For another if it is a cure, sadly in this case it could be one that is worse — and more dangerous now — than the illness.

It gets the hopes of desperate people up, and the slows motivation to address the factors driving the epidemic.

Science reporting, which this should have been, should be based on evidence, not hype.

Read views of what this announcement meant here

And this is what I mean


When I say we can do better than we have, at home and abroad, in tackling this brutal epidemic by including things we should have done a long time ago in our strategy:

That is what has been highlighted, with dramatic emphasis by Sen. Edward M. Kennedy, who, if he hadn’t already, sealed yesterday his claim in history as the most important, influential, and redemptive sons of the late Joseph Kennedy Sr.


The 76-year-old lion of the Senate did this by returning to the senate, using his father’s old cane for support, to continue his work for universal health coverage.

To him, this was enough of a priority to spend his last days among us pursuing it. If we had universal health coverage a quarter century ago, it is unlikely we would be home to more HIV/AIDS patients than any country in the developed world. Wen didn’t, and we are. Universal health coverage should be our priority too.

Better than PEPFAR


Now that the President’s Emergency Plan For AIDS Relief has shown some results in global AIDS-fighting efforts, it is time for a similar program at home to address the pandemic at home, writes Dr. Robert Gallo, the scientist who led Amercian efforts to identify the virus leading to AIDS.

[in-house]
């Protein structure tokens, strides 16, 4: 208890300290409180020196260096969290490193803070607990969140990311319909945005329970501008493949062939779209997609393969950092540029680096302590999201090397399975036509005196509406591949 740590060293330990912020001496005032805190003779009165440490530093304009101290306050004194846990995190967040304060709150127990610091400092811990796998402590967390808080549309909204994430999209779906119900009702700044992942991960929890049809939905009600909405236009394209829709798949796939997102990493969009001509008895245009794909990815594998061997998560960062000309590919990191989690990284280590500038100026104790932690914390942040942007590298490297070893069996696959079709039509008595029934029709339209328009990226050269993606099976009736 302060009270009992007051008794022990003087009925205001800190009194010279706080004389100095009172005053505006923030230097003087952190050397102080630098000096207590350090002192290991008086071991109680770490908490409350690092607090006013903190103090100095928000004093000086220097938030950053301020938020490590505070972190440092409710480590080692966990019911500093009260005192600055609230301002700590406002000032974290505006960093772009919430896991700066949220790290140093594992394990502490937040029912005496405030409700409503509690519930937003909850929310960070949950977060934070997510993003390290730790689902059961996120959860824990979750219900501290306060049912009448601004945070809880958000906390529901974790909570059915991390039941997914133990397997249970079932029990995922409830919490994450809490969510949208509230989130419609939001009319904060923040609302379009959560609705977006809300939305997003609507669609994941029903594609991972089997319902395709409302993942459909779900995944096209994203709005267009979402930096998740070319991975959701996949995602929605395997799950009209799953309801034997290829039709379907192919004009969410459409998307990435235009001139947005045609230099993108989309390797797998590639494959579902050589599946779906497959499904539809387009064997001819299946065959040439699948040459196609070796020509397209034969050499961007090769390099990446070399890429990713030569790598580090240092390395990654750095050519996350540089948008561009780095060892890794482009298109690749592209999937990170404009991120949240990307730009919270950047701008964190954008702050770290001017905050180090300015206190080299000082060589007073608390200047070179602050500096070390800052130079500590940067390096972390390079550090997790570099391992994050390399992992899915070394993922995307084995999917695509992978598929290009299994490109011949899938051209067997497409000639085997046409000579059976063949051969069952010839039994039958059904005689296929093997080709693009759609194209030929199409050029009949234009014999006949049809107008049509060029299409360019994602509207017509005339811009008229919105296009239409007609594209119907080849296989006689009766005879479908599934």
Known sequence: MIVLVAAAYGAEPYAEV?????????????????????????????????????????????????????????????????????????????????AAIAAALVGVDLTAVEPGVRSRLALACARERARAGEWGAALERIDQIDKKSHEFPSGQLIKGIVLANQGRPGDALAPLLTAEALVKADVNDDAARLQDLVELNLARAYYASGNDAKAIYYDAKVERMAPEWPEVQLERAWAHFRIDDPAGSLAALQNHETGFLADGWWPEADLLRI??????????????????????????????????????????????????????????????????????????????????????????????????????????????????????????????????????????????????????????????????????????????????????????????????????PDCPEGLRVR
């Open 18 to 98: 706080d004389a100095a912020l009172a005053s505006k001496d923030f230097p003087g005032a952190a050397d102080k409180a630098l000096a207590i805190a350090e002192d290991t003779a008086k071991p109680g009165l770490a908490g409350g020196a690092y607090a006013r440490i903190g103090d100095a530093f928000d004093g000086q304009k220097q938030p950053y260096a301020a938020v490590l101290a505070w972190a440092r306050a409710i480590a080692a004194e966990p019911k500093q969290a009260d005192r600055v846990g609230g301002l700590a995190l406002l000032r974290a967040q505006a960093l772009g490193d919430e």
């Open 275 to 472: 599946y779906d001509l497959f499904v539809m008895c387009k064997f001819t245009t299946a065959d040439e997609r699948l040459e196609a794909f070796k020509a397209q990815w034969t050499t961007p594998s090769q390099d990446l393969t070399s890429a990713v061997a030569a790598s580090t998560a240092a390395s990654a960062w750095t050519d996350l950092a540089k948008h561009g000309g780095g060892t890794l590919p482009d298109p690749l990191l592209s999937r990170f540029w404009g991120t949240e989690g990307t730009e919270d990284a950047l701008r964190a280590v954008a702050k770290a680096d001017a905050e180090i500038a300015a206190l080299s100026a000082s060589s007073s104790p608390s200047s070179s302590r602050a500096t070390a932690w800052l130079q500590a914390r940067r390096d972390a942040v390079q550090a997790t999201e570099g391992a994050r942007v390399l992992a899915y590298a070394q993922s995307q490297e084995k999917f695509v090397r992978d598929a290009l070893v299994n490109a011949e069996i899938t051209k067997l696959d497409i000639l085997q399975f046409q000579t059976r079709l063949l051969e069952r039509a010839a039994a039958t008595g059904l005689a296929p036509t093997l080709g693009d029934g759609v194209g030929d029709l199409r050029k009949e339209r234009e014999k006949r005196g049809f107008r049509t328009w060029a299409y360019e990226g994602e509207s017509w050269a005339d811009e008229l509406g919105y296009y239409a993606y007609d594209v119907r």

His call, in a Washington Post opinion piece today, echoes others, and the parallelism of compensating for long neglect with ambitious plans would seem to promise parallel results.

But we can do better than that. While PEPFAR seeks to fight the epidemic in developing nations by addressing the health and education deficits it has highlighted, we would do better here to seek answers to why this country has more people living with HIV and AIDS than any other developed country. And the result of such introspection should be more than the “inner city” PEPFAR that Gallo discusses.

Such introspection would be timely, in any case, leading as it would to a constructive look at where our health, education, criminal justice, and economic systems have fallen so short of what they should be as to feed an epidemic that flourishes wherever neglect and greed have coexisted.

Rather than duplicate a plan that has limited itself by imposing American ideology on others, with faith-based efforts leading to a contrived emphasis on abstinence from sex it might be an opportunity to see how much better we can do when we face facts.

And the facts are:

  • “Education” programs promoting abstinence until marriage don’t work;
  • Countries with federally funded needle exchange programs have limited their epidemics
  • Rates of HIV and AIDS are as much as five times higher inside prisons and jails than outside, and yet programs addressing risks for infection including substance abuse and mental illness are scarce in prisons as are condoms and peer education. Also missing has been a serious look at what we have gained and what we have lost by locking up more people than any other country;
  • There is a link between the epidemic and a housing boom that created homelessness.
  • Discriminatory laws, as three states just passed banning same-sex marriage, feed the epidemic.

The epidemic at home has permeated not just our inner cities but our countryside and our suburbs. It is a mobile target, and we would do well as we seek solutions, to look at our entire society .